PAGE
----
Friday, July 28, 2017

Small thoughts

I'm starting my last summer weekend, as go back to school on Monday. The first part of the summer was good, June. July has been bumpy and some days just downright awful, but overall summer is still a great time of year


"The Last Weekend"
Well, my License to Chill is going to expire on July 31, and along with it, my Hermit Permit. I'm looking forward to seeing dear friends, colleagues, and new people on Monday. Meanwhile, let the Acorn TV bingeing commence!

"Acorn TV"
I love Acorn TV, a streaming service that presents exclusively British, Irish, Canadian or Aussie programs. I like the quality, it has a PBS feel without the begathons or liberalism. I had watched a show a few years ago called Life is Wild, about a veterinarian who trades his small animal humdrum life for restoring a wild animal reserve in Africa. It was a good show with an interesting premise but it turned out to be boring and I drifted away from its one and only season midway through.

Come to find out, the American version was based on a wildly popular and well done show originating in Britain called Wild at Heart. I've watched two of the episodes now and the warmth and charm in the British version is evident. I can see why Britain loved the show, which ran for 8 years and only recently went off. Apparently, shooting in Africa got too expensive, but when it got done the show was at the top of its ratings. I'm hopeful that I can enjoy this show, which is cinematically beautiful and also emotionally charming.

"The Cats"
Speaking of animal kingdoms, my two kitties have done very well this summer with me home. Murray is much more affectionate than he used to be. Maybe that is a function of just growing up, he's 3 now. Or maybe he just enjoys cuddling as the life he knew as an abandoned outdoor stray fades from his memory. He is very smart, cute, and now, cuddly. Bert, the ole lump, is still a wonderful and placid cat with just enough weirdness to make me love him all the more.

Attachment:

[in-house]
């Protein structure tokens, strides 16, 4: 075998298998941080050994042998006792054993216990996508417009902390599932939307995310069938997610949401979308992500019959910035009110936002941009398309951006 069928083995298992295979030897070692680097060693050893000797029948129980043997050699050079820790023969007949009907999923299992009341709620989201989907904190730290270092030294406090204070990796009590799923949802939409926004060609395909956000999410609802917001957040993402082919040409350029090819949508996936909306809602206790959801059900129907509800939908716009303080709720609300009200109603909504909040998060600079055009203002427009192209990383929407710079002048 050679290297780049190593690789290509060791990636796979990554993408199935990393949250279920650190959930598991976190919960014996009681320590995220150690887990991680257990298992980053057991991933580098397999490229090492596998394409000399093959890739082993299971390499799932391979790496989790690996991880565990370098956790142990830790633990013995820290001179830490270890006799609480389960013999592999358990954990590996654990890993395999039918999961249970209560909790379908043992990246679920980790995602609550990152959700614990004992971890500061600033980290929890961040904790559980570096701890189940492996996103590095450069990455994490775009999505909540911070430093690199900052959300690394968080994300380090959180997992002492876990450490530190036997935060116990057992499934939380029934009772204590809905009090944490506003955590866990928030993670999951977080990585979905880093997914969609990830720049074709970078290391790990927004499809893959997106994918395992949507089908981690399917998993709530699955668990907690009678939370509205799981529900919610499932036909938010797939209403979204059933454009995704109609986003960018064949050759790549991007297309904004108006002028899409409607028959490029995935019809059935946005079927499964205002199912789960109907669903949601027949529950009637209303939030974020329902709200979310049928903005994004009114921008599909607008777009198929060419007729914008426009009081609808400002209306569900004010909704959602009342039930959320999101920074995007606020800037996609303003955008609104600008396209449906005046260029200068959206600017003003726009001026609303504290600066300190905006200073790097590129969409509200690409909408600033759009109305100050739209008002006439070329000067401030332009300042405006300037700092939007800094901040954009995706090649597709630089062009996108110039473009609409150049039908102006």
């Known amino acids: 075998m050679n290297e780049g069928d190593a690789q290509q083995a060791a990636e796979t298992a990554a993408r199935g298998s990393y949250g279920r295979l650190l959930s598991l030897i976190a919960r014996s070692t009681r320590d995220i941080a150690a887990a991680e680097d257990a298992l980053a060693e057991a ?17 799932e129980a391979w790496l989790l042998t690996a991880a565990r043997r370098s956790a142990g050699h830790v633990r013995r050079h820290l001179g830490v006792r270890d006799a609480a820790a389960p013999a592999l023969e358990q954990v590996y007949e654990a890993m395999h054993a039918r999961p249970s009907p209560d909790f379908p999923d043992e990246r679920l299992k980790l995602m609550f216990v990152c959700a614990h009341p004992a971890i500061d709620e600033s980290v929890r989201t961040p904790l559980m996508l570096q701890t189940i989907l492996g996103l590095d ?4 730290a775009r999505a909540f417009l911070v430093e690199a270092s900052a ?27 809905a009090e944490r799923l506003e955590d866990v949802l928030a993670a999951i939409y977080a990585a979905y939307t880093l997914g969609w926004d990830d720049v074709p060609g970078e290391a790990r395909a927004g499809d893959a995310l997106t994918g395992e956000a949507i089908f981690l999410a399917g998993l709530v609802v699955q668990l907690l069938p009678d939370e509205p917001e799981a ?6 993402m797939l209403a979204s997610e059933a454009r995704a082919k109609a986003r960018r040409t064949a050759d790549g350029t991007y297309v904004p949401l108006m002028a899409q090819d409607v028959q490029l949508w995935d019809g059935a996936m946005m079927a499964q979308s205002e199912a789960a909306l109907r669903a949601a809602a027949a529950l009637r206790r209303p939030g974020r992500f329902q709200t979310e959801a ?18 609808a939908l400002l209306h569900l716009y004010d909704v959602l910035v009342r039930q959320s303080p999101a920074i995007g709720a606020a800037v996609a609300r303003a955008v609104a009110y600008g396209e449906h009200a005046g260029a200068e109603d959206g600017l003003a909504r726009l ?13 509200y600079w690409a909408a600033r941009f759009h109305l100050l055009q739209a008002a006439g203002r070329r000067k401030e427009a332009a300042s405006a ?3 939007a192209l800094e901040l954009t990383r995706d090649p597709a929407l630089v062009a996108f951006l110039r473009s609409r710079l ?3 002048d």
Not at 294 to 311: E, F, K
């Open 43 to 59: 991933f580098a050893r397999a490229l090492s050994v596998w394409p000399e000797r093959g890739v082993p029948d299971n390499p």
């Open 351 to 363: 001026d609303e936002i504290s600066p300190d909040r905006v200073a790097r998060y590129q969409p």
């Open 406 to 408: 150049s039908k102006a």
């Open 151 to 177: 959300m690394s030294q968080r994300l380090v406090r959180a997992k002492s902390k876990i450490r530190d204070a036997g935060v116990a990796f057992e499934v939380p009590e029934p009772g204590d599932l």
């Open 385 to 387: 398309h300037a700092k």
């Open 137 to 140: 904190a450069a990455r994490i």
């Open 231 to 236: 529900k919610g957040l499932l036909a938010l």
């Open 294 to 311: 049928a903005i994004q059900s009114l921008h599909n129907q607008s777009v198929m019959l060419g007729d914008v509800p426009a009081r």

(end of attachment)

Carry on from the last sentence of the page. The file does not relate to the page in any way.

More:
"Fall"
I don't like to wish my life away but I do look forward to Fall. The heat and humidity of a Georgia summer does get on one's nerves after a while. We have at least 5 more weeks to go. This Fall's changing leaves, pumpkins, fresh air, and cool nights are definitely going to be easy to trade for a constantly running loud air conditioner, humidity so thick you're breathing water, heat that sears the lungs, hornets and wasps ruling the yard, and a blazing hot car practically melting into the asphalt.

"Summer"
One thing I've enjoyed about summer is sipping good coffee. Not having to guzzle it down in a hurry because I have to get to work or the kids are coming in at morning bell. I have a large brown on the outside, black on the inside mug I use each day. It is Friends' size. Remember that TV show of the twenty-somethings who met for coffee at Central Perk, sat on the couches and held oversized mugs in their hands? I love to make a good medium roast and add a flavored creamer to it. And then commence to drink it slowly. I fill my mug only halfway so the coffee doesn't get cool while I'm taking my time with it.

"Cooking"
Today I'm making a roasted corn and tomato and cucumber salad. I'll sprinkle Bleu cheese on top and serve slightly warm. Also making broccoli and tofu stir fry with teriyaki sauce. I do not like to bake and I wish I did because I really love blueberry muffins. And banana nut muffins, corn muffins, and bran muffins. All muffins. Yum!

"Frugal"
I had gotten three large Golden Beets in the red net bag at Kroger. The produce in the red net bags are produce items set aside to sell at a reduced rate due to their shelf life. I love beets. They're expensive, so I don't get them often. I'd had regular red beets before but the Golden were new to me. The ones in the bag were perfectly fine, and I did the usual with them. I peeled, chopped into cubes, and roasted. They were golden and also delicious. I paired them with a roasted white potato and made a breakfast hash, drizzled a slight amount of maple syrup over the mixture, and laid a runny fried egg on top. Voila, deliciousness happening.

"Photo"
A very large grasshopper (or locust?) has been hanging around my front door lately Unfortunately when I open the door he usually leaps off, and I have little time to grab my camera. But today he was content to remain on the door, so I eased out smoothly and took some pictures of him from outside looking in. I took a bunch of pics, but here are a couple:




Wednesday, July 26, 2017

Summer break is over

I have 4 days left of Summer break. On Monday I head back to school. July 31. No one is happy about the encroachment of the school year calendar into July, but with all the other mandated and preferred "must haves" during the year, this is the way it turned out.

We have 4 days of pre-planning and then on Friday, August 4, the kids come. This year I'll be stationed in the second grade level and mainly in one second grade classroom for 95% of the day. I only have one segment in first grade, helping out another teacher who will be working with first grade students. My home spot where my desk is and where I put my purse and eat lunch etc. has changed too. I used to be at one extreme end of the school and now I'm at the other. This will be really convenient because my new spot is in the second grade area and it will save me a lot of time and steps during the day.